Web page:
I was ushered out of the room and a few feet down the hall to the bathroom doorway by my mom before I had a chance to think. When I turned to peer toward the room we just left, I saw my dad and brother standing in the doorway of the bedroom. I don’t remember being afraid or crying, in fact I don’t really remember being anything at all. And as soon as it started, it stopped. We paused as a family, and my parents cautiously awaited any aftershocks while we followed their lead and tried to look as cool and contained as they did. When the coast appeared clear, we ventured out of our safe havens to investigate what was left standing.

Somewhat to my and my brother’s disappointment, the only thing that wasn’t was a plant that had dribbled its contents a few inches across the living room floor. In search of trauma, we left the house to see how our neighbors fared. Our paces must have been similar as families because about when we were coming out of our house, so were all of our neighbors. Congregating in the middle of the street as we often did, we shared stories. In fourteen houses, a crystal vase was all that was lost according to their reports. As my best friend came out into the street, we shared concern for her playhouse where we spent much of our time. We both ran to her back gate, and although its roof peeked over the top of the front fence we still doubted her father’s craftsmanship of the small dwelling and did not stop running until we had both entered through its front door. Some plastic fruit was knocked off of the two-by-four supports we used as shelves, but the plastic table was still intact and the windows still swung open. Our haven would see another day.

It wasn’t until years later that I found out about the freeway collapse and heard stories about people at the baseball game. The literal and figurative magnitude of this earthquake was beyond my comprehension then, and because of the minimal damage in my direct world I didn’t think to inquire about anywhere else. Even though I was sure every car radio heard the same single station, the earthquake was contained in my memory as a personal, private event that only affected my neighborhood and my playhouse.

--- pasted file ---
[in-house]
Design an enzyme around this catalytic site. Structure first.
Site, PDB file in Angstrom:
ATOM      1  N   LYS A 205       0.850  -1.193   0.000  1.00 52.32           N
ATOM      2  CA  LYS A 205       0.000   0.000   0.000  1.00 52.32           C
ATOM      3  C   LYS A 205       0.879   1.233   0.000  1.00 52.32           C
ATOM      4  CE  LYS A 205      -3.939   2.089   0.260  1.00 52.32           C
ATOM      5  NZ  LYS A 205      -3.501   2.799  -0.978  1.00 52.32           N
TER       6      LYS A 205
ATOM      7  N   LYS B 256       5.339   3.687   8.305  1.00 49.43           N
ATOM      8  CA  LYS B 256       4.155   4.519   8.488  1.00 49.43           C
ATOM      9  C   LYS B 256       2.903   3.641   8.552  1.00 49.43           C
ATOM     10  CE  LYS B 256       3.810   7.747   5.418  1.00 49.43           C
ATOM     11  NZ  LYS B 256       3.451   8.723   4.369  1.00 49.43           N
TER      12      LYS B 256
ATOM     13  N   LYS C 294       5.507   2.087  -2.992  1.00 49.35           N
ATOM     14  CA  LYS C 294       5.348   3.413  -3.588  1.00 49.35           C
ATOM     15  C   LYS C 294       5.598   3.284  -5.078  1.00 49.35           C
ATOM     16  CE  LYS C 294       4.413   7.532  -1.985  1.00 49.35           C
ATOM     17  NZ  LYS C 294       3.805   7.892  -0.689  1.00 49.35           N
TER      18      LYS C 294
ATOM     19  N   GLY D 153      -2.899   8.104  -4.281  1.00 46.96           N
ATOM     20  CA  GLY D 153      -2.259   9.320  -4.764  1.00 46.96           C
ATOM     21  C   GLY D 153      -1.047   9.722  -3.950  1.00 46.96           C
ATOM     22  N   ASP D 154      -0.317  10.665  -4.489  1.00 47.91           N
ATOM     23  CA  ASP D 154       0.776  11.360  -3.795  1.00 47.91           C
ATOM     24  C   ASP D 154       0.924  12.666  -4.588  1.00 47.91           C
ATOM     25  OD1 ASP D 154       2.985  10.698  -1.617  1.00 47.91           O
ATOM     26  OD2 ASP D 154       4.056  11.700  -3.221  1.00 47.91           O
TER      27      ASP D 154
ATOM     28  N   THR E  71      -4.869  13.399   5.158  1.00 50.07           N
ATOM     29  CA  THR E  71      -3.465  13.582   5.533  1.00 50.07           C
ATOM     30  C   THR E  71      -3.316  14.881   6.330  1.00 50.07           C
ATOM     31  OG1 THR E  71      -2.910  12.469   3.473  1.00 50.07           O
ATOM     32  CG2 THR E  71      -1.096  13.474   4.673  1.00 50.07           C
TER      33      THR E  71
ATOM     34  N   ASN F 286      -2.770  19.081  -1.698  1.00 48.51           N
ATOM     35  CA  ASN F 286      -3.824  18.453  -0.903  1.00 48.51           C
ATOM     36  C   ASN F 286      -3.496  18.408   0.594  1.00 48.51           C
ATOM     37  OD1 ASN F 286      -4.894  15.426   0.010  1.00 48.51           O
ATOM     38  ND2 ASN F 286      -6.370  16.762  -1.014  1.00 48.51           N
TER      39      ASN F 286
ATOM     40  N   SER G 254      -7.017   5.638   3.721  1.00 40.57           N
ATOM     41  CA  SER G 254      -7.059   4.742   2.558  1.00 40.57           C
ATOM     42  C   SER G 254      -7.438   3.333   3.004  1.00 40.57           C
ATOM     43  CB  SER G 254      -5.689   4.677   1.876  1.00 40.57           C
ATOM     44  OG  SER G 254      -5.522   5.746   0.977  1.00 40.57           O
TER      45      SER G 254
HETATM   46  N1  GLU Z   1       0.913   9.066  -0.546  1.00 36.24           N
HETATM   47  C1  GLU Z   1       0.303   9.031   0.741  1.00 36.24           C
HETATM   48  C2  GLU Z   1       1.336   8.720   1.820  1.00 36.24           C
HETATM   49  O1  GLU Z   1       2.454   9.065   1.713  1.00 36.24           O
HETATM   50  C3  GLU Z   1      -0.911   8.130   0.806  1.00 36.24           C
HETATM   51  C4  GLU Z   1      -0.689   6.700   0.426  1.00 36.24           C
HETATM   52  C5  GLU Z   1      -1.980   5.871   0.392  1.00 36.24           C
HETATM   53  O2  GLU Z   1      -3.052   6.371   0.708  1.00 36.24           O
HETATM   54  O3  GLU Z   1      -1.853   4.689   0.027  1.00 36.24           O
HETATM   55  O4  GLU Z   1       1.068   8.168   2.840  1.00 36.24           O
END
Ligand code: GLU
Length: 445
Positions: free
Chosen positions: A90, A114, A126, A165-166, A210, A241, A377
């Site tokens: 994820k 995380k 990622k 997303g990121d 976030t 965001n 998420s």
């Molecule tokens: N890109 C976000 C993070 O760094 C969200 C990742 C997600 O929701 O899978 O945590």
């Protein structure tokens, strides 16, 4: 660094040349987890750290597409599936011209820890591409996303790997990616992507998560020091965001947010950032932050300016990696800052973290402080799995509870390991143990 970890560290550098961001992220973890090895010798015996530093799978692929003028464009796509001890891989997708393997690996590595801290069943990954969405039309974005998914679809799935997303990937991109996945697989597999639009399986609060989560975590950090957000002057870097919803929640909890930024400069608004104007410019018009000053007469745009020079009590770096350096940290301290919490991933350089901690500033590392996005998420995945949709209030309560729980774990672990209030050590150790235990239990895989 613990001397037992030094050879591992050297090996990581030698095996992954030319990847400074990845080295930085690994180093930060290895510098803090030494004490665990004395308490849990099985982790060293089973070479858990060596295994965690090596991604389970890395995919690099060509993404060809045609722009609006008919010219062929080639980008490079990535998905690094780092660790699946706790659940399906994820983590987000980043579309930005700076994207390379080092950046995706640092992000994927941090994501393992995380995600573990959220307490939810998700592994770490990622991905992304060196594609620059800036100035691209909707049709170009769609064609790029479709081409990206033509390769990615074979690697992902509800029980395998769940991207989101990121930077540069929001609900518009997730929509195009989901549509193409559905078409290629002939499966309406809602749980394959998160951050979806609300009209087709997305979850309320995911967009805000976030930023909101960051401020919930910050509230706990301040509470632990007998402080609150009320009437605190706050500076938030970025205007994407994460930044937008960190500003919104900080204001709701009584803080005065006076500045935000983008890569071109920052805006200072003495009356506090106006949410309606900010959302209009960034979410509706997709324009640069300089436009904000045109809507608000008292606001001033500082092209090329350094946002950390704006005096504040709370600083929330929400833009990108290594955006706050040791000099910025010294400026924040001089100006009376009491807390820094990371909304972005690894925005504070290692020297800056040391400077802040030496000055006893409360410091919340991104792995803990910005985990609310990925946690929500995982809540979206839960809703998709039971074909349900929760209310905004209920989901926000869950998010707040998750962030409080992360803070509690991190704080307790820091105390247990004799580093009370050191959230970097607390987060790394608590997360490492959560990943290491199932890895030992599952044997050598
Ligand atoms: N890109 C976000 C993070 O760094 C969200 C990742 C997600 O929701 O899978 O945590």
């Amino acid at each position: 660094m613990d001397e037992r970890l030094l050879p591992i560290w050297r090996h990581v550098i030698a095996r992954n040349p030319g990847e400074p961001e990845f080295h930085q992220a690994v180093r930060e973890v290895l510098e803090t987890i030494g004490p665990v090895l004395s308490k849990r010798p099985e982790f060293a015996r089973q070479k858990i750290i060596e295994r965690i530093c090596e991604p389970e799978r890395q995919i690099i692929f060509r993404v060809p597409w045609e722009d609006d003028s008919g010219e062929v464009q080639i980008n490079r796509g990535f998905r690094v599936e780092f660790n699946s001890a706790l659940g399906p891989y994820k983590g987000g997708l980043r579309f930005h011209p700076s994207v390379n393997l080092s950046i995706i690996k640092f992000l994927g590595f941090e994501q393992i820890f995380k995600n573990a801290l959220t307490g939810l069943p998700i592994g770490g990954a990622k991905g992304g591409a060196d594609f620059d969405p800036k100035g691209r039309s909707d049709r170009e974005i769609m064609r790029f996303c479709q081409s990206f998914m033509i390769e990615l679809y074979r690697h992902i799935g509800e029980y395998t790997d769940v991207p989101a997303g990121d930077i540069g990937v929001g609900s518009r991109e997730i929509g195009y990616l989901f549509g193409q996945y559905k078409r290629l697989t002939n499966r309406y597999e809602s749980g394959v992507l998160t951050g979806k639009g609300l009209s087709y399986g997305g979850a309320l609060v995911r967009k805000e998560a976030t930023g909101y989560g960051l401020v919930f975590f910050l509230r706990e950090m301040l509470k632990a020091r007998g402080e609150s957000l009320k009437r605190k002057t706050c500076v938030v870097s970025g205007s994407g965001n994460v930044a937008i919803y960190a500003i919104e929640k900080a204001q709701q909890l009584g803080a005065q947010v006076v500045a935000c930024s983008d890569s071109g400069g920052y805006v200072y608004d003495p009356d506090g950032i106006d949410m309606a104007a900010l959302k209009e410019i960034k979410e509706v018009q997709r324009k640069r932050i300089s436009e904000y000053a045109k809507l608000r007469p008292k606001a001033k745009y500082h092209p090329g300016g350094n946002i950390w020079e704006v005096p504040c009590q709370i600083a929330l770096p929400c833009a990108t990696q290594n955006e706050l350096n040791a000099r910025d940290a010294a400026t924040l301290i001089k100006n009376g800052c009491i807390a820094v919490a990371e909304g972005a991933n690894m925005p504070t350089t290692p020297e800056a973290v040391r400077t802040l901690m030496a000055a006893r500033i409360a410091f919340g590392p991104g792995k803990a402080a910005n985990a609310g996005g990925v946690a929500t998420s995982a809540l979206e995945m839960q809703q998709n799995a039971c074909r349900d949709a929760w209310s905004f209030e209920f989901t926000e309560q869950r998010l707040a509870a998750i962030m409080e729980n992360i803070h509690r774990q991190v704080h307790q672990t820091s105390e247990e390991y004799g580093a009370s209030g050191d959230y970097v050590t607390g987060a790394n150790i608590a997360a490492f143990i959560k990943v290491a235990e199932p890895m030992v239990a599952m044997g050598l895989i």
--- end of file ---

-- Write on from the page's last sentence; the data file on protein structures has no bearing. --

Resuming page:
By Erica Penney

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Last fall, I heard Al Michaels on the radio talking about a bit what it was like for him as an ABC broadcaster at Candlestick on the 17th of October, 1989. He mentioned how he was doing the voiceover for a package of clips about the World Series when things started to rumble. He got out “I tell you what, we’re having an earth-” before the broadcast cut out. Still, not long after the quake ended, some of the Giants and A’s fans at Candlestick started chanting “Play Ball.” Apparently for a while, people there thought it was just a preliminary shake before the baseball game got going. But for me and my family in the South Bay, things were a little more urgent.

We were sitting at home in front of the TV, urgently anticipating the game, and when the earthquake started, it took a moment or two to realize what was happening. But then we stumbled to our feet, ran outside, through the already open sliding door, past the patio and into the backyard. It felt like the ground was pushing me up and out, basically roughhousing in a very insistent way: my brother bragged about his strength afterward when I said that at first I thought he was pushing me. The neighbor’s pool was making big waves, but had not cracked. We wandered back inside, maybe a little dazed, but not stunned, and the damage inside was limited to a fallen-down bookcase. The neighborhood also didn’t have much apparent damage.

That night we just watched the constant coverage of that one car disappearing over the top deck of the Bay Bridge, the burning Marina as seen from helicopters, and the Cypress collapse. I had recently gotten a poster from Chevron that showed two muscle-bound giants, representing the A’s and Giants, standing in the Bay astride the Bay Bridge as they pulled against each other in their struggle to seize the World Series pennant they both gripped. That night, the Bay Bridge was cracked, the Nimitz was destroyed, and thoughts of the World Series were on hold, to say the least.